Scientists from Sydney’s Garvan Institute of Medical Research have announced that the glycoprotein perlecan is involved in the fast spreading of pancreatic cancer. They hail this as some sort of breakthrough in cancer research. What they don’t seem to realize is that Glycoproteins are frequently present at the surface of cells where they function as membrane proteins or as part of the extracellular matrix. These cell surface glycoproteins play a critical role in cell–cell interactions and the mechanisms of infection by bacteria and viruses and cancers. Perlecan is hydrophilic and some of its domains are actually soluble in water. Perlecan is on the surface of cells and in the extracellular matrix and the modules of perlecan are connected like cars into one long diverse complex train. In other words the primary function of perlecan is the conduction of electricity for cell-to-cell communication and what’s more because it’s the water that is responsible for the conductivity it is conducting an alternating current (AC). In other words the electricity that is being conducted is giving off ELF radiowaves aka brainwaves. See CAF hierarchy driven by pancreatic cancer cell p53-status creates a pro-metastatic and chemoresistant environment via perlecan. Nature Communications, 2019; 10 (1) https://www.nature.com/articles/s41467-019-10968-6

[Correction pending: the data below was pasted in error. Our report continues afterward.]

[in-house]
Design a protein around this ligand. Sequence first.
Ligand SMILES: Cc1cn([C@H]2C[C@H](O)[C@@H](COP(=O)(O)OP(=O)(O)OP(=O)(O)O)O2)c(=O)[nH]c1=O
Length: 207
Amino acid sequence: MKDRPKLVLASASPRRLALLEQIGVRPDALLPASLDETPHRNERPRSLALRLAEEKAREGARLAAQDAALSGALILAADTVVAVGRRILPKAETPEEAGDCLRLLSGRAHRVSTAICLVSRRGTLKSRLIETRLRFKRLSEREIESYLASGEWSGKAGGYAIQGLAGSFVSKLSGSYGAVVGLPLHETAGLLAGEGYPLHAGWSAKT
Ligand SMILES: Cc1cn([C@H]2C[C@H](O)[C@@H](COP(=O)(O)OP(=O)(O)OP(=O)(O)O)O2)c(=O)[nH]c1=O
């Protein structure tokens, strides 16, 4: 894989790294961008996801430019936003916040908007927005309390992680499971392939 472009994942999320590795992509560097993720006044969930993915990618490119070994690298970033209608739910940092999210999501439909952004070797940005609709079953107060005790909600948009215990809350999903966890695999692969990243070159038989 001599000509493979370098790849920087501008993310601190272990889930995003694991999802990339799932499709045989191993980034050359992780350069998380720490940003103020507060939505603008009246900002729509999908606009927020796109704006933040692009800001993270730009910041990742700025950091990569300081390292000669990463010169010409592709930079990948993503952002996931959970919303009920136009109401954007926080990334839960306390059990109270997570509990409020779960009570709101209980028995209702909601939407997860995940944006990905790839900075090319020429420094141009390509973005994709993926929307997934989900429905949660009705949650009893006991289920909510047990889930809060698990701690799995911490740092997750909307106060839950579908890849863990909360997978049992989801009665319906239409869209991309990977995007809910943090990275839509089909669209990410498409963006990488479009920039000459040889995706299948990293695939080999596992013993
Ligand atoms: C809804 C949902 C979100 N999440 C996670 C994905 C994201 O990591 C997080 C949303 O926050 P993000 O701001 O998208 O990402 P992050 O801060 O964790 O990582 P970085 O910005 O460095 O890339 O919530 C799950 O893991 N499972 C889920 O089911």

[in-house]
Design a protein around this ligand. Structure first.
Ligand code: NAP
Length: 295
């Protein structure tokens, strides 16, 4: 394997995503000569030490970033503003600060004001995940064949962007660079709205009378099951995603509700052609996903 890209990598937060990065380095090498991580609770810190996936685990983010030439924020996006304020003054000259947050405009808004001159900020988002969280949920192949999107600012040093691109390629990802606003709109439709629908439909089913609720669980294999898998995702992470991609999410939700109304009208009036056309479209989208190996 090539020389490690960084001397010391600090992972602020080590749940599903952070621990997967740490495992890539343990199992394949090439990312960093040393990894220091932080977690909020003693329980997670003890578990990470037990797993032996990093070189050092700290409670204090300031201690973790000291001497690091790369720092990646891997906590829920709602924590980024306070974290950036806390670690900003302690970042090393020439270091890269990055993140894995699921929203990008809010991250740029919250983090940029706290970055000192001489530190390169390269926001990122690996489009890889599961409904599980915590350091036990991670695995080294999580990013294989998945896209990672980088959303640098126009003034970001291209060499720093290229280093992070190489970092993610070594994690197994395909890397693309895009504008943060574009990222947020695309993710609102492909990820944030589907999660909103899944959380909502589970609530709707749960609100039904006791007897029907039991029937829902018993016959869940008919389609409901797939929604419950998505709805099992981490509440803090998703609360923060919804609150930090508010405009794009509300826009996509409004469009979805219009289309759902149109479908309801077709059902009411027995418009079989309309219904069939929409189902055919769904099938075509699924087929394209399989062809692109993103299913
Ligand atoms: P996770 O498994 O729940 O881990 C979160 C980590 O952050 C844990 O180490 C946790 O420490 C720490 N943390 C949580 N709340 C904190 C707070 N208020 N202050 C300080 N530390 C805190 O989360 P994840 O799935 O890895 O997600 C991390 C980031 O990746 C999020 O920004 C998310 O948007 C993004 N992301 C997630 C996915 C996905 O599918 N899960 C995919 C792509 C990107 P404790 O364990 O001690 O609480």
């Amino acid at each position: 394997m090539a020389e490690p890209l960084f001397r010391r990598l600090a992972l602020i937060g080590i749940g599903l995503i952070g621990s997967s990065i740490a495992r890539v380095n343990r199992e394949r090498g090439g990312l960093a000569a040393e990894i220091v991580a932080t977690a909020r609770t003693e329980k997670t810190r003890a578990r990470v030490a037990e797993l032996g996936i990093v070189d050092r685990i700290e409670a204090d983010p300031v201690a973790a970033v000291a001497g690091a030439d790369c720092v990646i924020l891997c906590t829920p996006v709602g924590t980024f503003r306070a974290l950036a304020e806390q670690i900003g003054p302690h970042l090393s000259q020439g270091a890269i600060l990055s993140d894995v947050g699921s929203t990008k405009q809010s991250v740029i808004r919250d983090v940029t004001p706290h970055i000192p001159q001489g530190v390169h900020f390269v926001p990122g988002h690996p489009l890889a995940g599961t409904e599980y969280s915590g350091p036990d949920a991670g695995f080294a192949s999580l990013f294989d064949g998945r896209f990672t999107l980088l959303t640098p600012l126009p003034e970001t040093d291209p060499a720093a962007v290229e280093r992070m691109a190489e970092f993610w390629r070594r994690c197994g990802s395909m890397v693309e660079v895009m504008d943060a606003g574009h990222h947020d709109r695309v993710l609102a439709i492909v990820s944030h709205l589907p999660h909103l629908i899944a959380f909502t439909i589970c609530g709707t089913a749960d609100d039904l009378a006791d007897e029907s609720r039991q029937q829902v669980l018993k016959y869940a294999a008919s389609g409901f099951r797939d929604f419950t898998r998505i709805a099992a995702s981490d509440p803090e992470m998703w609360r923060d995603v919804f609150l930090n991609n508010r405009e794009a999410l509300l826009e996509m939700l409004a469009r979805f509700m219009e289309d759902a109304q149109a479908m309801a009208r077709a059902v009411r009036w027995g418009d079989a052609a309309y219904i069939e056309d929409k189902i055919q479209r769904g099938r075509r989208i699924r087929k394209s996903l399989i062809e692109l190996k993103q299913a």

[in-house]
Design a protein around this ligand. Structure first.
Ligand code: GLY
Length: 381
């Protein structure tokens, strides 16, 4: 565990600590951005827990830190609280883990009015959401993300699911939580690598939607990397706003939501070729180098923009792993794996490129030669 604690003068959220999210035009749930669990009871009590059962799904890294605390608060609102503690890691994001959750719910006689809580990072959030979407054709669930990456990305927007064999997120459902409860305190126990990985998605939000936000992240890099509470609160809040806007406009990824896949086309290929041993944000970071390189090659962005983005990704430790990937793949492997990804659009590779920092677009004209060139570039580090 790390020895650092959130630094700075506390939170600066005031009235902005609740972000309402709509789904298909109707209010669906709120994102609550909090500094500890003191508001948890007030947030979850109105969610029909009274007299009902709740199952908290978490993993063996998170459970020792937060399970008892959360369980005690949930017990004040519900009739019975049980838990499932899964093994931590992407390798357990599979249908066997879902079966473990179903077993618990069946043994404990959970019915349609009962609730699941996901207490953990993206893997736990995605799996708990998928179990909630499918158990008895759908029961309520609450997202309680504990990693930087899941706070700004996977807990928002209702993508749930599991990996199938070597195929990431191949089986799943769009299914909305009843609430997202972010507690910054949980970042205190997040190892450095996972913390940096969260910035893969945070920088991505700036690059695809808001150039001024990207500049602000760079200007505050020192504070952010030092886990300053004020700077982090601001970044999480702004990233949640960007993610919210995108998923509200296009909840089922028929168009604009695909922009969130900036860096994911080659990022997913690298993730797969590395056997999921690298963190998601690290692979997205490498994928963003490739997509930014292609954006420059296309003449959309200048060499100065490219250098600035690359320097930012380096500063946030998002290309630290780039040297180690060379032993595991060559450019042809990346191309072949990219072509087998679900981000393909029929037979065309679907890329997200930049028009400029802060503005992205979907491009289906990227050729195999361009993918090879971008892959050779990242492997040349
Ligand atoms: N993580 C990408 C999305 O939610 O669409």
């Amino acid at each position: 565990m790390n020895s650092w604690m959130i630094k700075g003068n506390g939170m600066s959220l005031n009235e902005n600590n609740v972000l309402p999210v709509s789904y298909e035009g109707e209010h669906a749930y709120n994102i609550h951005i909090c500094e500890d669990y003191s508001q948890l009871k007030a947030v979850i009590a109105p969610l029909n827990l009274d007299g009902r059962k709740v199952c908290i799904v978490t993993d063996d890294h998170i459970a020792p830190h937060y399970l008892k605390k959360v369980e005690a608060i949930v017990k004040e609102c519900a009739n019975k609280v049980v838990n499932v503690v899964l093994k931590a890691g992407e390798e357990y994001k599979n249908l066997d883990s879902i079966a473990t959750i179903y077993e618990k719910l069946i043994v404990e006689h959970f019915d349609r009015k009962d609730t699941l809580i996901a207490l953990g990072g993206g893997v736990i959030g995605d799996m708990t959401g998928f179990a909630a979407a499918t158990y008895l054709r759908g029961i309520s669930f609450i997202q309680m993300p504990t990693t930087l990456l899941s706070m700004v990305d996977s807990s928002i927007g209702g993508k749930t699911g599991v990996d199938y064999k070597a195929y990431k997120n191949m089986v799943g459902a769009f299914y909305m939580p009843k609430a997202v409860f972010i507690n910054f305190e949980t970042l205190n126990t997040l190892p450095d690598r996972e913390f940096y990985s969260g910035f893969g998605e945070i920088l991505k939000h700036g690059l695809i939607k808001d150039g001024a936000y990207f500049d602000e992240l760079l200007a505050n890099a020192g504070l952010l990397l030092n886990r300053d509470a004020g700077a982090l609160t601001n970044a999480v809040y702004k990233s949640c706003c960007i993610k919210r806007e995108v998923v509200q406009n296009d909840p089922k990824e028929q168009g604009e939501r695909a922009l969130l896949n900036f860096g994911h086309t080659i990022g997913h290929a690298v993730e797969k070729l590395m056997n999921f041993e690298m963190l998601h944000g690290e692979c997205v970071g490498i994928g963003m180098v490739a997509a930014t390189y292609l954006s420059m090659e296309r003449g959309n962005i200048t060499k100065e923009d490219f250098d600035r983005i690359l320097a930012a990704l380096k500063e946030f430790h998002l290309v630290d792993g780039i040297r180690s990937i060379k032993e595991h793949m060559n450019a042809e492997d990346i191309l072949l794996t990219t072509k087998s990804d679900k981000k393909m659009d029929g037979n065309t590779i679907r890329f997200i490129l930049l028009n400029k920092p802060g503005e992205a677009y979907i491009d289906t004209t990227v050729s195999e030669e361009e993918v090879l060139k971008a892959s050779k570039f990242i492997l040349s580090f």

GUT BACTERIA IS ALSO ENGAGED IN ELECTRON TRANSFER

Meanwhile another breakthrough research paper has found that poo transplants choke tumors. The researchers showed that faecal microbiota transplants (FMT) from long-term human survivors prompted an immune response and stifled tumours. This is the latest and somewhat startling example of gut health playing a powerful part in treating challenging conditions. Maybe they should take a look at an article in ScienceDaily: Gut bacteria’s shocking secret: They conduct electricity. “To date, most electricity-generating bacteria have come from weird environments, but researchers have found more than 100 in the human microbiome, both pathogenic and probiotic. They were unsuspected because they employ a different and simpler extracellular electron transfer system, which may prove useful in creating bacterial batteries. Their electrogenic ability may be important in infectivity, or in how they ferment cheese and yogurt.” https://www.sciencedaily.com/releases/2018/09/180912133442.htm#targetText=Gut%20bacteria's%20shocking%20secret%3A%20They%20produce%20electricity&targetText=Summary%3A,microbiome%2C%20both%20pathogenic%20and%20probiotic

There is any number of research papers in the literature that electrical stimulation induces c-Fos proto-oncogene expression which is widely believed to be involved in cancer because it is responible for normal cell proliferation. See for example:  Distribution of preganglionic terminals in the cervical sympathetic ganglia detected by the expression of c-Fos like protein after electric stimulation of the ventral root. Asamoto K , Tamamaki N , Nojyo Y Kaibogaku Zasshi. Journal of Anatomy [01 Jun 2001, 76(3):303-311]